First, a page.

motions

Example Motions

Below are example motions that you can take to your branch or CLP.

 

Labour Movement for Europe:

Motion on the government's failing approach to Brexit

< name > Constituency Labour Party (CLP) notes that the government’s various Brexit papers, show that the Tory Brexit threatens Britain’s economy, security, environment and citizens' rights. 

The CLP considers it essential to avoid creating barriers to our main export market and subsequent job losses and reductions in tax revenue and investment.

The CLP believes that the UK must avoid exclusion from essential European agencies such as the Medicines Agency and EURATOM, and is concerned that EU funding for research and for the regions will not be replaced.

The CLP believes that immigration concerns can be addressed by using the pre-existing safeguards, notes that most migration to Britain is non-EU and is fully under UK regulatory control, and reaffirms that measures such as reinstating the Migrant Impact Fund, protection from undercutting of wages and increased education and training opportunities would also address concerns.

The CLP insists that EU citizens’ rights in the UK, and vice-versa, should be protected and legally enforceable.

The CLP believes that, if the government fails to secure its promise of ‘exactly the same’ benefits and access for the UK as currently available, it should be consistently challenged.

The CLP believes that any Brexit requires a period of transition, possibly including temporary EEA or EFTA participation, or even permanent membership of either if the opportunity arose.

The CLP believes that, in the economic, social, political and international interests of Britain, Labour must oppose any Brexit deal that fails to meet these concerns and fulfil these objectives.

2018 Labour Party Conference Resolution

This CLP

- supports the earliest election of a Labour Government led by Jeremy Corbyn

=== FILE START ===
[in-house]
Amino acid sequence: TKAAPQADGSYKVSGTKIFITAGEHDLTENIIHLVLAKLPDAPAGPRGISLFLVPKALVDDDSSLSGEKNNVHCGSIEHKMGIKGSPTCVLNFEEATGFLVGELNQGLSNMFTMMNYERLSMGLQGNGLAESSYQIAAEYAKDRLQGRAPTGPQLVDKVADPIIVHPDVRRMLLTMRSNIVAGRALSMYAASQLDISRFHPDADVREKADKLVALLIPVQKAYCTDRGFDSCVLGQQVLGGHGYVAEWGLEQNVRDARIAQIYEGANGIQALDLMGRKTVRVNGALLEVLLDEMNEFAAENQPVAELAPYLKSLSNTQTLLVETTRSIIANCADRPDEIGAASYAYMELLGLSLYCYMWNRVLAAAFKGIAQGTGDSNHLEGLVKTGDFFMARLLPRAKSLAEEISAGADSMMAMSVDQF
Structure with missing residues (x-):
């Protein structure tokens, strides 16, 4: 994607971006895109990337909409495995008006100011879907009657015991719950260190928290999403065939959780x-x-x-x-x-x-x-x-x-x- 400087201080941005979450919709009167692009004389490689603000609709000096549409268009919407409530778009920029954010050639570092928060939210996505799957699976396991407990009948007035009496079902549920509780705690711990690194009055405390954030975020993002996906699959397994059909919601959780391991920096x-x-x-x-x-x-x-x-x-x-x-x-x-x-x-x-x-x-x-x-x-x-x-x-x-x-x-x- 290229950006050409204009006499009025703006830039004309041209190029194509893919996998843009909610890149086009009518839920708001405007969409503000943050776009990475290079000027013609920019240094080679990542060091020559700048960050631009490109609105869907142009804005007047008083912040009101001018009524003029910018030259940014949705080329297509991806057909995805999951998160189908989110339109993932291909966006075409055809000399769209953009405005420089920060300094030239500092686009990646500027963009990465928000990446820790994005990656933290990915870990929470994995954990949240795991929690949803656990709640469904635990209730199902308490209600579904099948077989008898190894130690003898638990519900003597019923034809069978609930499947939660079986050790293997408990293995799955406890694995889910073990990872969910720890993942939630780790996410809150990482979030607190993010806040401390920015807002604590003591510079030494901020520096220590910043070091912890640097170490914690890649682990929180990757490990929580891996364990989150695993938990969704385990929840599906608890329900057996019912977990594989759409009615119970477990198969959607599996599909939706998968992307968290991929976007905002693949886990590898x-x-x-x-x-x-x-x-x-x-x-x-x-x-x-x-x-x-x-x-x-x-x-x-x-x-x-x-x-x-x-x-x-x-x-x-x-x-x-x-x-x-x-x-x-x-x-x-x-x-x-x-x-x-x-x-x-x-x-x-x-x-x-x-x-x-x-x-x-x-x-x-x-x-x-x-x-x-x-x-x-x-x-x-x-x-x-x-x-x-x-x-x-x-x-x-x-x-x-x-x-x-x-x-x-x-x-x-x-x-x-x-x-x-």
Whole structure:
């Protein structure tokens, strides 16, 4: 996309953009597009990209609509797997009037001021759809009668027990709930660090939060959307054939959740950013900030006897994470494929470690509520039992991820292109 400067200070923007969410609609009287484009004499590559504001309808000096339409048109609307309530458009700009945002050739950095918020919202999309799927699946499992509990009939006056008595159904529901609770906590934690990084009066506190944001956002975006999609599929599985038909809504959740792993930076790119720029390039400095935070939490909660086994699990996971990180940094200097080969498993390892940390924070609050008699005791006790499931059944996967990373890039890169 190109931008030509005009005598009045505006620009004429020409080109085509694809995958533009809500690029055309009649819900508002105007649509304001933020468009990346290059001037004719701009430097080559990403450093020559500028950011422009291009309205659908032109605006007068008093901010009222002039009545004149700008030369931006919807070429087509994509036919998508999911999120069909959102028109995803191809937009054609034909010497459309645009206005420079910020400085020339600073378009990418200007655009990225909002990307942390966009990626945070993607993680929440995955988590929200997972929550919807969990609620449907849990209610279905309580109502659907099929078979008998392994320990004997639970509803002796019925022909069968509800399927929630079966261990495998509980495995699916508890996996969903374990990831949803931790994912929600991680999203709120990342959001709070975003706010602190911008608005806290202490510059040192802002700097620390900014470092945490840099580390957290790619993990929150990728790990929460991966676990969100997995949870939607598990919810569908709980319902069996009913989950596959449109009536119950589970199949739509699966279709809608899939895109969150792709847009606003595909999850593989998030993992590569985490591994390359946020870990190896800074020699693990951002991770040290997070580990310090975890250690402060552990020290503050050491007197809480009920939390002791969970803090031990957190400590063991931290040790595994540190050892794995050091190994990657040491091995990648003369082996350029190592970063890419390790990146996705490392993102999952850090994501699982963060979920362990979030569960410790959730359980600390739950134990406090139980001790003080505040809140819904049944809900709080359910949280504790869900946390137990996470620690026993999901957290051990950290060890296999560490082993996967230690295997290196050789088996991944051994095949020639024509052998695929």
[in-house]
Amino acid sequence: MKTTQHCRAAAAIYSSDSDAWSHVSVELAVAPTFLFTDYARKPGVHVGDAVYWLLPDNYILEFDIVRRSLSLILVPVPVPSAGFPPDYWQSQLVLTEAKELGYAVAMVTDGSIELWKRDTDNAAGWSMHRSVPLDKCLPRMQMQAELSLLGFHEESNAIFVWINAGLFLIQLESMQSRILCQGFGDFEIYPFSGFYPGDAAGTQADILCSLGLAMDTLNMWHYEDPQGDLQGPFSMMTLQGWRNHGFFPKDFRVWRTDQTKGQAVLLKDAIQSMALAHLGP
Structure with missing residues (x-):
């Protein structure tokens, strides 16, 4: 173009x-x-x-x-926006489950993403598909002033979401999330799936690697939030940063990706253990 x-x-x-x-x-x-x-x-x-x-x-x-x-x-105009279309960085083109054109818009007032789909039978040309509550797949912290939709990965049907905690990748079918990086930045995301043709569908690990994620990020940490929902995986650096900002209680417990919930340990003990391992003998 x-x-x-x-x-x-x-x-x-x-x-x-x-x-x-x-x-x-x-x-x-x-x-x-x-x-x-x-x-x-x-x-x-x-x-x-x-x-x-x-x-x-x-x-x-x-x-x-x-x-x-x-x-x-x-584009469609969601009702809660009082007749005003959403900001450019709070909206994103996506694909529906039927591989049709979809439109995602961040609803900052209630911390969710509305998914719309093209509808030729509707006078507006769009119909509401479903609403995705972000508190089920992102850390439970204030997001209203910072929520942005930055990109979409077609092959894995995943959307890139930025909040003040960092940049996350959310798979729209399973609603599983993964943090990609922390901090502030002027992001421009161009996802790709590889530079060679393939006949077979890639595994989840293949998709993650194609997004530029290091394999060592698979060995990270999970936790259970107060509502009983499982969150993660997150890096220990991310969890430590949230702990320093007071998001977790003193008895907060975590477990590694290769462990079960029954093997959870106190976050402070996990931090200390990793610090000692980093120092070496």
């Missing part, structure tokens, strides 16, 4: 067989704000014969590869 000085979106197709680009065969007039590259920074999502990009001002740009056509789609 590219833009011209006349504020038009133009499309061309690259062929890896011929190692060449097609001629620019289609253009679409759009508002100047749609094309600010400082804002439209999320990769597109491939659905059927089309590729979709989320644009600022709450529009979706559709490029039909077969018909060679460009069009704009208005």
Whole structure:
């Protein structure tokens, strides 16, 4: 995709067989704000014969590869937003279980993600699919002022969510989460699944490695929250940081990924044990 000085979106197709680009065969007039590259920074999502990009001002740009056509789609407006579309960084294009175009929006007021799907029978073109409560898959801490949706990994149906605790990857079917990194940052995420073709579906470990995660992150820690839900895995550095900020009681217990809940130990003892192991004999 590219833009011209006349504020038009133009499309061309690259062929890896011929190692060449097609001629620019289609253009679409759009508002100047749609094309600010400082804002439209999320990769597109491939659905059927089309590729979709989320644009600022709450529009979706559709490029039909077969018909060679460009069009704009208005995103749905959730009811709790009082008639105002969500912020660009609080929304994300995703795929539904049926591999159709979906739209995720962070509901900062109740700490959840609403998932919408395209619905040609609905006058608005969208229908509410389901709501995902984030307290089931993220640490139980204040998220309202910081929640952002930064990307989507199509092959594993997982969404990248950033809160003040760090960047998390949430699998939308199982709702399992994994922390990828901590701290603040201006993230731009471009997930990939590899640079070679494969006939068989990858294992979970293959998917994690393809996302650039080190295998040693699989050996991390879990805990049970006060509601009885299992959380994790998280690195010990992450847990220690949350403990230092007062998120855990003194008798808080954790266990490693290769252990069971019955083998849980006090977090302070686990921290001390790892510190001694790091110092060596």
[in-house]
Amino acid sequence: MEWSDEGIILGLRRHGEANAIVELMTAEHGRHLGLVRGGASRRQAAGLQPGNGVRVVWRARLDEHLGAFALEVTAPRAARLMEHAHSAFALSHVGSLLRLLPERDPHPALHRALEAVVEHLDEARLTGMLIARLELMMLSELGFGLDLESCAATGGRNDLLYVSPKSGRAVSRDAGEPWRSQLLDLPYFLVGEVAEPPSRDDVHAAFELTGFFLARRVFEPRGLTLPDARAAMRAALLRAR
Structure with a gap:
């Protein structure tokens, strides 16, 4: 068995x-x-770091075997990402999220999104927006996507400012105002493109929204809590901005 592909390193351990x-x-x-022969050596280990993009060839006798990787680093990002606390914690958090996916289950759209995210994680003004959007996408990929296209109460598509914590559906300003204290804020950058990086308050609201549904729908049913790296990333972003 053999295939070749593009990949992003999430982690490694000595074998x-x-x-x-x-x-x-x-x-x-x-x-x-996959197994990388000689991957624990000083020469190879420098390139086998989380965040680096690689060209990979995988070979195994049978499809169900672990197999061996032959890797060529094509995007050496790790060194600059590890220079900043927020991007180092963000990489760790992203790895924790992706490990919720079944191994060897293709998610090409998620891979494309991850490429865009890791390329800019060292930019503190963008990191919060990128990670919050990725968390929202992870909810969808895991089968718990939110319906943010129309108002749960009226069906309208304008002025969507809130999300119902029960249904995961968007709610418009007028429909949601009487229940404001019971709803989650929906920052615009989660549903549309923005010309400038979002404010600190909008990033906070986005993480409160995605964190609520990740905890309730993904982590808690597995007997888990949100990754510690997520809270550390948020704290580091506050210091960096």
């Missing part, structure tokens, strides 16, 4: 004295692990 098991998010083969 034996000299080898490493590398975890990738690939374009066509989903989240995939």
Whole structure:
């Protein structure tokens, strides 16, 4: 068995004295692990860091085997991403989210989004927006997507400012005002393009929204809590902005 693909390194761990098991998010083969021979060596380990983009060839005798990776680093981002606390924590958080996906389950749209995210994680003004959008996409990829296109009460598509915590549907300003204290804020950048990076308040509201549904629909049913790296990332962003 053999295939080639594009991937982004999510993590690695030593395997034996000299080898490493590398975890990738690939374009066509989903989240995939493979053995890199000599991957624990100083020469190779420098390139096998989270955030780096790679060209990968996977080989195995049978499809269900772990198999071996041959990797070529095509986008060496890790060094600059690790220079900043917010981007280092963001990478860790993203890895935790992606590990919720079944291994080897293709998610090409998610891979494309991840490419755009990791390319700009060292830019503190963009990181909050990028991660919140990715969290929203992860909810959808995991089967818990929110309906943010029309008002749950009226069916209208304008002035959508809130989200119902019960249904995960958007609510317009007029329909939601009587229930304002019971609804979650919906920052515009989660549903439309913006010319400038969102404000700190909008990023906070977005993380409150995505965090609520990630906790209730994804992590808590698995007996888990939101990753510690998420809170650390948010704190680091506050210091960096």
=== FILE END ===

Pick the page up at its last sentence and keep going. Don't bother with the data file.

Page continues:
- Notes that for a general election to be called requires a two thirds majority of MPs (due to the Fixed Term Parliament Act) and that the Conservatives can’t be expected to call an election they expect to lose
- That such an election is only likely if the EU Exit Deal is both voted down in Parliament and in a Public Vote on the deal so that the UK remains in the EU
- Acknowledges that leaving the EU, and therefore any Exit deal the Government negotiates, will reduce national income, increase austerity and remove EU minimum guarantees of rights at work, public health and environmental protection.
- Agrees that should Labour should vote against the EU Deal if it does not satisfy the Labour Party’s six tests.
- Supports the 2016 Conference commitment to a public vote on the Exit Deal so the people shall have the final decision on whether to accept the Conservatives’ Deal or to stay in the EU.
- Calls upon the 2018 Labour Party Conference to
- 1. reaffirm its policy of opposing any deal that does not satisfy Labour’s 6 tests
- 2. reaffirm 2016 Labour Conference support for a public vote on the deal
- 3. campaign against the deal and to remain in the EU in the run up to the public vote
- 4. following a public vote in favour of rejecting the deal and remaining in the EU to call for an immediate general election.

 

This Constituency Labour Party:

Notes that Brexit looks increasingly unlikely to match the promises made by the Leave campaign and by Tory Brexit ministers.

Welcomes the position of Jeremy Corbyn and the Labour Frontbench that Labour will oppose a costly, damaging, Tory Brexit Withdrawal Agreement that does not meet Labour’s red lines or which creates a hard border in Ireland.

Aware that a failure by the government to secure approval of its Brexit deal will create a ratification crisis that has a number of potential outcomes, including, possibly, an early general election.

Insists that rejection of the Withdrawal Agreement cannot mean a “No-deal Brexit”, which would cause a catastrophic legal limbo and maximum damage to the UK economy.

Recognises that there may not be much scope at that point for negotiating a different agreement and the choice facing the country will be between a bad Brexit or no Brexit; considers that such a choice will require either a general election or a referendum.

Believes that, in a democracy, the public has a right to reconsider an issue, in particular in a new situation or if new facts become available, as is the case.